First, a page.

This article by Ravi Naik, Public and International Law Solicitor and Head of Public Law at ITN Solicitors, was first published by the Justice Gap.

The unravelling of the Home Office’s immigration curfew regime following the Court of Appeal judgment in Gedi v SSHD was hallmarked by confusion, uncertainty and, ultimately, illegality. Unfortunately for those detained, the Home Office has still not seen fit to lift the curfews. Indeed, one appeal and four judicial reviews later, the Home Office still can’t get to grips with the central flaw in the immigration curfew system: simply put, it is illegal.

The central lesson to emerge from the case was the Home Office’s assumption of power; an assumption that led to the routine unlawful deprivation of liberty.

Background to the appellant’s case

The appellant was a Somali national who arrived in the UK as a child in 1998, and granted indefinite leave to remain with his family. He never applied for British citizenship. The appellant was convicted of a number of offences as a minor, resulting in him being sentenced to six and a half years’ detention. At Mr Gedi’s point of eligibility for release, he was detained by the SSHD pending a possible deportation under section 36(1) of the UK Border Act 2007.

The appellant sought and was granted bail by the First Tier Tribunal. In being granted bail, he was provided with a number of conditions of residence, including reporting to the UK Border Agency (UKBA) and cooperation with electronic tagging. On his release from detention, Home Office contractors – Serco – visited his residence and imposed electronic tagging on him as per a condition of his release. However, the contractors also informed Mr Gedi that he was to be subject to an additional restriction; he was to have a curfew of 6pm to 10pm each evening and 6am to 10am each morning.

Between the months of December 2013 to March 2015, the SSHD wrote to the appellant on eleven occasions concerning his alleged failure to comply with his curfew. On each occasion, he was threatened with criminal sanctions for his ostensible failure to comply.

The appellant challenged the curfew requirements imposed following his initial release from detention by way of judicial review proceedings. The judge at first instance, Edis J, concluded that, in principle, the SSHD and CIO’s have the power to impose a curfew on a foreign criminal awaiting deportation under paragraph 22(2) of schedule 2, and paragraph 2(5) of Schedule 3 to the Immigration Act 1971. He decided, however, that any curfew imposed on the appellant amounted to the tort of false imprisonment.

Following consideration of submissions from the parties, Edis J granted the Claimant permission to appeal the issues to the Court of Appeal.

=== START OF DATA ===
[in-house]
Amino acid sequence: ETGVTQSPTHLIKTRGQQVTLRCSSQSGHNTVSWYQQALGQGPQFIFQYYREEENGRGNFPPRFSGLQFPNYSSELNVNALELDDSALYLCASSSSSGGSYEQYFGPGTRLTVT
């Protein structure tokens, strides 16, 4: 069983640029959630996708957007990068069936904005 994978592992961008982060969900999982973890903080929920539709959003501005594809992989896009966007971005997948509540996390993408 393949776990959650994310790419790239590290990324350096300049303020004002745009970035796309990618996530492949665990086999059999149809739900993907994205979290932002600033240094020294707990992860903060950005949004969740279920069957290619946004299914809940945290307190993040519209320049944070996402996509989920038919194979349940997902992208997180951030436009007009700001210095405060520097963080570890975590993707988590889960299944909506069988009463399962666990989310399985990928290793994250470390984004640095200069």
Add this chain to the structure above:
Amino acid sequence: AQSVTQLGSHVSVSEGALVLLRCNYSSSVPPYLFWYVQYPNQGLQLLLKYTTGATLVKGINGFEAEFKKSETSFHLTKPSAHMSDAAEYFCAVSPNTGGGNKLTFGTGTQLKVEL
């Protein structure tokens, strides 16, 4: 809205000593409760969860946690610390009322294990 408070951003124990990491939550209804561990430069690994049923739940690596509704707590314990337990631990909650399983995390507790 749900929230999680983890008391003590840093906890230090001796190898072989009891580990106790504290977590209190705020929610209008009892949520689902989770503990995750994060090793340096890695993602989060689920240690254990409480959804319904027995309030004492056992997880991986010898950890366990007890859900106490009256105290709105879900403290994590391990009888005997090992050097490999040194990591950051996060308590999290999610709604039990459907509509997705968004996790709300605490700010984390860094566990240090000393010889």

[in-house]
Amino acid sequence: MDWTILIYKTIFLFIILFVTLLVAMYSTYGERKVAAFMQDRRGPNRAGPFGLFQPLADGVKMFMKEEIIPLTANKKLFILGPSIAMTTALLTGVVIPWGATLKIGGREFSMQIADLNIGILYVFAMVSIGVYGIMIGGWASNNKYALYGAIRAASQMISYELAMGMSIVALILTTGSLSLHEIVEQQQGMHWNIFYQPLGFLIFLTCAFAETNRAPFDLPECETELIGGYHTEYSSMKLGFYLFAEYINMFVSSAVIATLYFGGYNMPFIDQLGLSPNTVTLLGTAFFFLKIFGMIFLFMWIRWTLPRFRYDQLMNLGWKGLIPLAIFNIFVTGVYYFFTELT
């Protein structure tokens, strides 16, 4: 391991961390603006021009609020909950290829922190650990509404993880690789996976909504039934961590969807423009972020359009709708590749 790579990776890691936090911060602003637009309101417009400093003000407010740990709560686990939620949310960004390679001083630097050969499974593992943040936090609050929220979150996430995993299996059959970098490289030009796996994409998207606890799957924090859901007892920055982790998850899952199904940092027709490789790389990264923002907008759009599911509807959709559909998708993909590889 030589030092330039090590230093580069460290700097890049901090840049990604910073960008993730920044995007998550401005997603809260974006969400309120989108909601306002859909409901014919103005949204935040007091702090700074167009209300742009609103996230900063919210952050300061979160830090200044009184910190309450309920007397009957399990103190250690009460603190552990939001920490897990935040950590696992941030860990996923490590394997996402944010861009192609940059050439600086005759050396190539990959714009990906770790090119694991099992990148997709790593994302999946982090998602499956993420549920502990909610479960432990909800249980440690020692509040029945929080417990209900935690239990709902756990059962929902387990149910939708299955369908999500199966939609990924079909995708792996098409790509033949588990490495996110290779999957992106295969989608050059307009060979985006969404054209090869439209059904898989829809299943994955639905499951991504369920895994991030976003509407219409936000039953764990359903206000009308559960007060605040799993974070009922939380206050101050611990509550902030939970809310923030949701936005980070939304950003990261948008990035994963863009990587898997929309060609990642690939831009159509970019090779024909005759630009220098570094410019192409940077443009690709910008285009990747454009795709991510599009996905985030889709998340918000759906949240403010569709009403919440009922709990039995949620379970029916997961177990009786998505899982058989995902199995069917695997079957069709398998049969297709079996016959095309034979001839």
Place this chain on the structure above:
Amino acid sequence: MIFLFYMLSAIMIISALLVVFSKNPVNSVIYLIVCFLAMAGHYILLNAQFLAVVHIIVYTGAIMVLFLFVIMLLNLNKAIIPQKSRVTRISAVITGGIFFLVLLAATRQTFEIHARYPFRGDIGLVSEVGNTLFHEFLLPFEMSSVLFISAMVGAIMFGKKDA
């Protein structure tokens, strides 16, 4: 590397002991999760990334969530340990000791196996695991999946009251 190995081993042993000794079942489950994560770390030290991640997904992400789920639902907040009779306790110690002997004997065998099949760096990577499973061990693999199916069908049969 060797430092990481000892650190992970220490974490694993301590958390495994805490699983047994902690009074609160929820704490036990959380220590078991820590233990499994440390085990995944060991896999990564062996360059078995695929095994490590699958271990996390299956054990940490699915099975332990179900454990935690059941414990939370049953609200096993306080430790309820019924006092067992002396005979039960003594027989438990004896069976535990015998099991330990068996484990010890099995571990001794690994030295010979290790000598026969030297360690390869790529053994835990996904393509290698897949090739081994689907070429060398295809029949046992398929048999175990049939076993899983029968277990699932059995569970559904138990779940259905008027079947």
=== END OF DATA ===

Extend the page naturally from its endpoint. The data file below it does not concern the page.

Issues in the Court of Appeal

Before the Court of Appeal the SSHD argued that it had operated under the assumption that it could impose curfew requirements as part of the ‘restriction as to residence’ requirement imposed by the FTT, and later adopted by the CIO. The response of Sir Brian Leveson and Lord Justice Gross was as follows:

35. For our part, we simply do not accept that a right to impose a ‘restriction as to residence’ under paragraph 2(5) of Schedule 3 to the 1971 Act necessarily incorporates a right to impose a curfew… The requirement, however, imposes a specific level of restriction on what those subject to it can do: it is neither more nor less than that they must reside at the specified address. Different people will reside where they live, however, in different ways. Ignoring employment commitments (on the basis that those liable to be detained are not allowed to work unless explicitly granted permission to do so), although many will want to sleep at night, others may well want to visit friends until the late hours and sleep during parts of the day. Both will be residing at the address at which they sleep.

37. Furthermore, it is important to underline the need for the clearest legislative authority for a requirement of this nature. As the appellant was repeatedly reminded, failure to observe any restriction imposed on him under Schedule 2 or 3 to the 1971 Act as to residence, employment or occupation constitutes a criminal offence … not being present between 00:00 and 02:12 (to take the example of the breach letter of 21 December 2013) does not justify the threat that ‘failing to be present as required’ creates a liability to prosecution under s. 24(1)(e) of the 1971 Act.

In summary, the SSHD had no statutory justification for the making of the curfew requirement; and so far as concerns paragraph 2(5) of Schedule 3 to the Immigration Act 1971, a right to impose a ‘restriction as to residence’ does not necessarily incorporate a right to impose a curfew.

A stark reminder

The decision in Gedi serves as a stark reminder of the importance of the accountability of the executive through the judicial process. The Home Office assumed powers that they have never had, which would have continued but for the intervention of the Courts.